3. Soy Lecithin
Soy lecithin is a commonly used emulsifier. It’s known for its ability to create light foams as you’re preparing your recipes. It also gives all types of dough elasticity and a better tolerance for liquids. Check the price on Amazon here.
It’s derived from soybean oil. This results in a substance that’s almost 100% free from any soy proteins. However, it does behave like a protein in its emulsifying properties.
This food additive is usually found in bread, ice cream and other dairy products, infant formulas, and other convenience foods.
Soy lecithin has many health benefits. The most important is that it is rich in the nutrient choline. Choline plays a significant role in keeping our cells healthy and vibrant.
4. Guar Gum
Guar gum is extracted from the guar plant, native to Africa and Asia. This plant grows beans that are similar to the pea family. These beans are ground to form a fine powder or guar gum. Check the price on Amazon here.
This stabilizer is used in foods such as yogurt, ice-cream, breakfast cereals, gluten-free baked goods, and many more. It’s also found in condiments, salad dressings, and sauces.
You can use agar-agar or flaxseeds as alternatives to guar gum if needed.
Some of its health benefits are treating irritable bowel syndrome (IBS), diabetes, and obesity. It also regulates blood sugar and cholesterol levels. Another great health benefit is its ability to help prevent heart disease (atherosclerosis). (source)
5. Gellan Gum
Gellan gum is similar to xanthan gum. They’re both produced via bacterial fermentation (no animals involved). Gellan gum is often used in vegan foods as an alternative to gelatin. Check the price on Amazon here.
Gellan gum doesn’t only act as an emulsifier. It’s also a bulking agent, a thickener, and a stabilizer. You’ll find this ingredient in jams, sauces, baked goods, and confectionery products.
It’s high in fiber, so it can help prevent and treat constipation and other digestive problems.
6. Mustard Powder
Mustard powder is made from finely ground mustard seeds. In most cases, saffron or turmeric is added to give a boost of color and taste. Check the price on Amazon here.
It works as an emulsifier thanks to the outer coating found on the mustard seed. This coating is called mucilage. It acts as a thick, gluey substance that boosts the emulsifying power of mustard powder.
Not every dish can tolerate mustard powder. It has a rich and savory flavor. Dijon mustard can be used as a substitute. Just make sure you use only a few teaspoons. Prepared mustard can affect the taste of certain foods.
Mustard powder is a good source of magnesium, selenium, and several other minerals. It can help prevent certain types of cancer, as well as manage symptoms of asthma and lower your cholesterol. (source)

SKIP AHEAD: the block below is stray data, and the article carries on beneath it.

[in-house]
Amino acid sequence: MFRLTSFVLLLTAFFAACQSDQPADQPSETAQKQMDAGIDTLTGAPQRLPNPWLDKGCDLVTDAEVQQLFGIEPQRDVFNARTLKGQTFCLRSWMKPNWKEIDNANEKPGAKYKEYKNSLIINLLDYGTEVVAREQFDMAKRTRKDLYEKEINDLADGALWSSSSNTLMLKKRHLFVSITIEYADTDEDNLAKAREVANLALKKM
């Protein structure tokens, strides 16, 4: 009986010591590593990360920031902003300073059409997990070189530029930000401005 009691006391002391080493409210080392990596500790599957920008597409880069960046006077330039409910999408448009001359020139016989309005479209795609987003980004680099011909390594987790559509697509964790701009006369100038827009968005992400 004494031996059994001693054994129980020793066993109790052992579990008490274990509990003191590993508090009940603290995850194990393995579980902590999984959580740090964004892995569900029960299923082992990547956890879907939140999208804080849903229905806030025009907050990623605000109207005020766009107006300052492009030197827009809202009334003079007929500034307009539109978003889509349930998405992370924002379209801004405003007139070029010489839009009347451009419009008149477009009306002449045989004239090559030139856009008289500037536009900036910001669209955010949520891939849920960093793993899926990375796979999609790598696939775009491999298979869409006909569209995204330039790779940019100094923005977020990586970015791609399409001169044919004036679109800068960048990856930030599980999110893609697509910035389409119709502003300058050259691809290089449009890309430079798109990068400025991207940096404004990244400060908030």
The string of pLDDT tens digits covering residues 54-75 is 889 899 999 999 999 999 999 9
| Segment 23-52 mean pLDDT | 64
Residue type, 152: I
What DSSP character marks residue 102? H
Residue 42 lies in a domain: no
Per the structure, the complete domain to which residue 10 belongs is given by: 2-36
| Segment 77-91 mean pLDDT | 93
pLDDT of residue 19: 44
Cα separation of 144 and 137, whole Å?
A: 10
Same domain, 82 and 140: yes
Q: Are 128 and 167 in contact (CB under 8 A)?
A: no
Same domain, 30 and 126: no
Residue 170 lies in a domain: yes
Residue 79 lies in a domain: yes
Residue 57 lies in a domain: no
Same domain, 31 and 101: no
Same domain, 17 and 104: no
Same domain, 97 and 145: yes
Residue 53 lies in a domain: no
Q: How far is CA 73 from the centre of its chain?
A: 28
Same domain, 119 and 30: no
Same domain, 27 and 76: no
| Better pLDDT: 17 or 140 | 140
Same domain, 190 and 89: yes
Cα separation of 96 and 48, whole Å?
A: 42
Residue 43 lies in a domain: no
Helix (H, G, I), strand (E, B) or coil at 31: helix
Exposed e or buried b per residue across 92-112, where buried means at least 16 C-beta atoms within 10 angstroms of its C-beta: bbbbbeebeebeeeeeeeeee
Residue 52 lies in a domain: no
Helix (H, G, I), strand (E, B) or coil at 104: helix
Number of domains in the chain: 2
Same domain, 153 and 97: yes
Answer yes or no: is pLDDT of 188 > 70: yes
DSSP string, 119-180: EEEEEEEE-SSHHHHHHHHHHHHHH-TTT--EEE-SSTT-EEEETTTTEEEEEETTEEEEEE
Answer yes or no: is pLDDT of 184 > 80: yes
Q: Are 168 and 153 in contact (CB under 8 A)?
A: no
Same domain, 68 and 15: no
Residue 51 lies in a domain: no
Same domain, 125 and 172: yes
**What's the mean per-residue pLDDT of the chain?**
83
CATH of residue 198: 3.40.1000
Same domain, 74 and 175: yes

The Best 8 Egg-Alternatives for Vegan Recipes
Eggs can play different roles in different recipes, but the most important function eggs have in baking is to act as an emulsifier. They also add moisture and fluffiness to your baked goods.
But as a vegan, you can still enjoy all your favorite recipes without the use of eggs. Simply substitute the eggs with a nutritious, delicious vegan emulsifier.
Here are 6 of the basic vegan alternatives to replace 1 whole egg. These should help give you fluffy and moist baked goods:
- 1 mashed banana
- 1 “flax egg”: Stir together 1 tablespoon ground flaxseed + 1 tablespoon water. Let it sit for a few minutes to thicken.
- ¼ cup of vegetable oil
- 1 tablespoon applesauce
- 3 tablespoons aquafaba
- ¼ cup mashed potatoes
- Bob’s Red Mill Egg Replacer (Amazon link)
- Ener-G Egg Replacer (Amazon link)
Which Egg Replacer Should You Use for Each Recipe?
To answer this question, be mindful of the texture and the taste of what you’re adding.
For example, I’ve found that the “flax egg” method (mixing flax and water) is good for earthy, grainy textures. Specifically, I like it in whole-grain muffins, pancakes, or cookies.
In contrast, something sweet like applesauce or mashed banana work well in vegan cakes. Just be careful about putting too much applesauce or banana in the recipe. It can leave you with a mushy cake on the inside if over-done.
When it comes to the Ener-G Egg Replacer (Amazon link), it’s super convenient, but it works best with recipes from scratch. I’m not sure why. But I found that it didn’t make a difference when added to a vegan box mix of cake, and I’ve heard the same from others.
If you just Google questions like “what egg replacer is best for cake” or “best egg replacer for _____,” you may get more detailed answers from other experienced vegans, as well!
Also note: Some recipes that call for eggs don’t actually need anything to replace them. I’ve discovered this from my own trial and error.
For example, when making pancakes from a box mix, it says to add an egg. I just didn’t add anything, and they turned out great anyway. So, sometimes you can get away with just ignoring the egg all together.